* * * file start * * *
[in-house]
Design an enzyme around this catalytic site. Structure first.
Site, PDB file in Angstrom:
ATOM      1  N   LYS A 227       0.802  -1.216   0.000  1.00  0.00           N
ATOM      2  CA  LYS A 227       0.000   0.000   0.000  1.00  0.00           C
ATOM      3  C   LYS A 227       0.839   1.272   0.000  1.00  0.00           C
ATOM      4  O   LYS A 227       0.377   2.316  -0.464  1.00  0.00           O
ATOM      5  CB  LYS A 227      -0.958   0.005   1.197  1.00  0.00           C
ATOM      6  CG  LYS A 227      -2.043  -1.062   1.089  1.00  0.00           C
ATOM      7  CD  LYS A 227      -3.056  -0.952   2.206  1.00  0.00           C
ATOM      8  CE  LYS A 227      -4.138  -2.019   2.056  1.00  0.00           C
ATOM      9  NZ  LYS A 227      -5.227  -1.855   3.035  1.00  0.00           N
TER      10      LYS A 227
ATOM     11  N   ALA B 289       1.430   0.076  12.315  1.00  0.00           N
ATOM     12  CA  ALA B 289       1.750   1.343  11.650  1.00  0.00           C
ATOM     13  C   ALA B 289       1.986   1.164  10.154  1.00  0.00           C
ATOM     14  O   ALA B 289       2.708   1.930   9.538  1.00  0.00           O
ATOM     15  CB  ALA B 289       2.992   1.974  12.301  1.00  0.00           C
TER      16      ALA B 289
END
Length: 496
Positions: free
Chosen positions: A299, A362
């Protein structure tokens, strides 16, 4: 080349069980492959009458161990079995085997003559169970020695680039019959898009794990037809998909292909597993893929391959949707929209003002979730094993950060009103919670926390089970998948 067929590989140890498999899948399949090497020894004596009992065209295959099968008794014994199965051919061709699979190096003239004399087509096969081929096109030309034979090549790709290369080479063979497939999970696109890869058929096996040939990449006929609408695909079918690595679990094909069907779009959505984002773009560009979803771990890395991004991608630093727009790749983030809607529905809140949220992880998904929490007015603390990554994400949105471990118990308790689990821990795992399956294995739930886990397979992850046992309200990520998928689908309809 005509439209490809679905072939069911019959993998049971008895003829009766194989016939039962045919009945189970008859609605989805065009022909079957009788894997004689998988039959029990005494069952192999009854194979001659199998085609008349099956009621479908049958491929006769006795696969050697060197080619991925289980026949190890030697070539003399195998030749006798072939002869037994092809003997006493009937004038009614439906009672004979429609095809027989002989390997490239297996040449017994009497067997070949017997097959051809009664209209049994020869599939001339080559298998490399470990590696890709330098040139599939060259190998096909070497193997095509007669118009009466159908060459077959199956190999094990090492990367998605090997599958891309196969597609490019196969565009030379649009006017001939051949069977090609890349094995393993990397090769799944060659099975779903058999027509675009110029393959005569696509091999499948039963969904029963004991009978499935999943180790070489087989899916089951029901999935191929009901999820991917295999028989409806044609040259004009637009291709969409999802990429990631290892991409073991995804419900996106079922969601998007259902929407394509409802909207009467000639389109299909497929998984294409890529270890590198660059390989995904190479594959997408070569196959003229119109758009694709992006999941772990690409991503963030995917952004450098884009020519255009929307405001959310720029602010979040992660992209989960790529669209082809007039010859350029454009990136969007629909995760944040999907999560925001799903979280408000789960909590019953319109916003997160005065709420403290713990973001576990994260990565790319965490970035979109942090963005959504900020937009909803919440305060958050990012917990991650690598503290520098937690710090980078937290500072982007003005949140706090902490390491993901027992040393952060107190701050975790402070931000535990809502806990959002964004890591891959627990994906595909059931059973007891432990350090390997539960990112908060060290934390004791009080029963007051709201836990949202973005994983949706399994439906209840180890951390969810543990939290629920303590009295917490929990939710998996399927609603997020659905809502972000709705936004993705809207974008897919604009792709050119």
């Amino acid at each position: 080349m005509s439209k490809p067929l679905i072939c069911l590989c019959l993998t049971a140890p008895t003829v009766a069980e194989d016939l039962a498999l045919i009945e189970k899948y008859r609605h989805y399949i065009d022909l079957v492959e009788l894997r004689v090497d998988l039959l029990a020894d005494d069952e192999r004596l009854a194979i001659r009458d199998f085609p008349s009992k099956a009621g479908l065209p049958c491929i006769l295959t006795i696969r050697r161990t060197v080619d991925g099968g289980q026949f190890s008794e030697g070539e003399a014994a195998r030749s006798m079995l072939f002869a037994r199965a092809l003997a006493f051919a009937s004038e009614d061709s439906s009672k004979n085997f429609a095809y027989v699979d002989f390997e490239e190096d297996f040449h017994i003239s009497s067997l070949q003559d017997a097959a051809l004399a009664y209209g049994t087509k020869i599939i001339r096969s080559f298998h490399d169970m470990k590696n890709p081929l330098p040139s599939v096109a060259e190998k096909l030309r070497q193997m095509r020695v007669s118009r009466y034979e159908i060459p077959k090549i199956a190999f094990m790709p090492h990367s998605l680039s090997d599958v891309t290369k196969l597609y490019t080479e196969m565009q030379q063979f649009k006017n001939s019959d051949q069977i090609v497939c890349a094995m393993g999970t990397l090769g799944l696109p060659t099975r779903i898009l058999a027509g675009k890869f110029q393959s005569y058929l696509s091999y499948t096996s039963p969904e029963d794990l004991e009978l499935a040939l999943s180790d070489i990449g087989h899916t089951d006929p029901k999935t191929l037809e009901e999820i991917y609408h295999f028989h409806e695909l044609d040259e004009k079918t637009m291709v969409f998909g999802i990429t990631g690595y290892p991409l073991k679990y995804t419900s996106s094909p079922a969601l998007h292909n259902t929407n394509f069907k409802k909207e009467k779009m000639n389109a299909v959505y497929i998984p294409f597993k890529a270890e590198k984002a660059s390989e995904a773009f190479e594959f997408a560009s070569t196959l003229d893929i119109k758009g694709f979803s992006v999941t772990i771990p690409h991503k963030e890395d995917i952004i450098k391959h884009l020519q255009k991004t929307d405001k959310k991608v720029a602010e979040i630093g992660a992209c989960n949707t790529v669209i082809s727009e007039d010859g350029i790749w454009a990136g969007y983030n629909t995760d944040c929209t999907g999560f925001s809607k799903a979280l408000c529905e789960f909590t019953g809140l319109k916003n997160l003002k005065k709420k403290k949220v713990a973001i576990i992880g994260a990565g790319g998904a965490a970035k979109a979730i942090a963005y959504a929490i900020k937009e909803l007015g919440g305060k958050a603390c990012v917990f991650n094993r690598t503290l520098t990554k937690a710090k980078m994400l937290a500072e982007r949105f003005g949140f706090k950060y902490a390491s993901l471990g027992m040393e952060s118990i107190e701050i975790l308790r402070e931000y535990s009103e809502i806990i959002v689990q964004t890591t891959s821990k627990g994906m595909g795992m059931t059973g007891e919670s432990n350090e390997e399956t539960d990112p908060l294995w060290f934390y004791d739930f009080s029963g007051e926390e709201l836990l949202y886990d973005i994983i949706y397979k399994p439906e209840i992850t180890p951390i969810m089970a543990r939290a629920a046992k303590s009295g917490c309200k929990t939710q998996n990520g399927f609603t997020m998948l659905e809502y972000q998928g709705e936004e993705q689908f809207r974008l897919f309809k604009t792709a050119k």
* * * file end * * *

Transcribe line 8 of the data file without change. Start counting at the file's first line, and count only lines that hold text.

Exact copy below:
ATOM      5  CB  LYS A 227      -0.958   0.005   1.197  1.00  0.00           C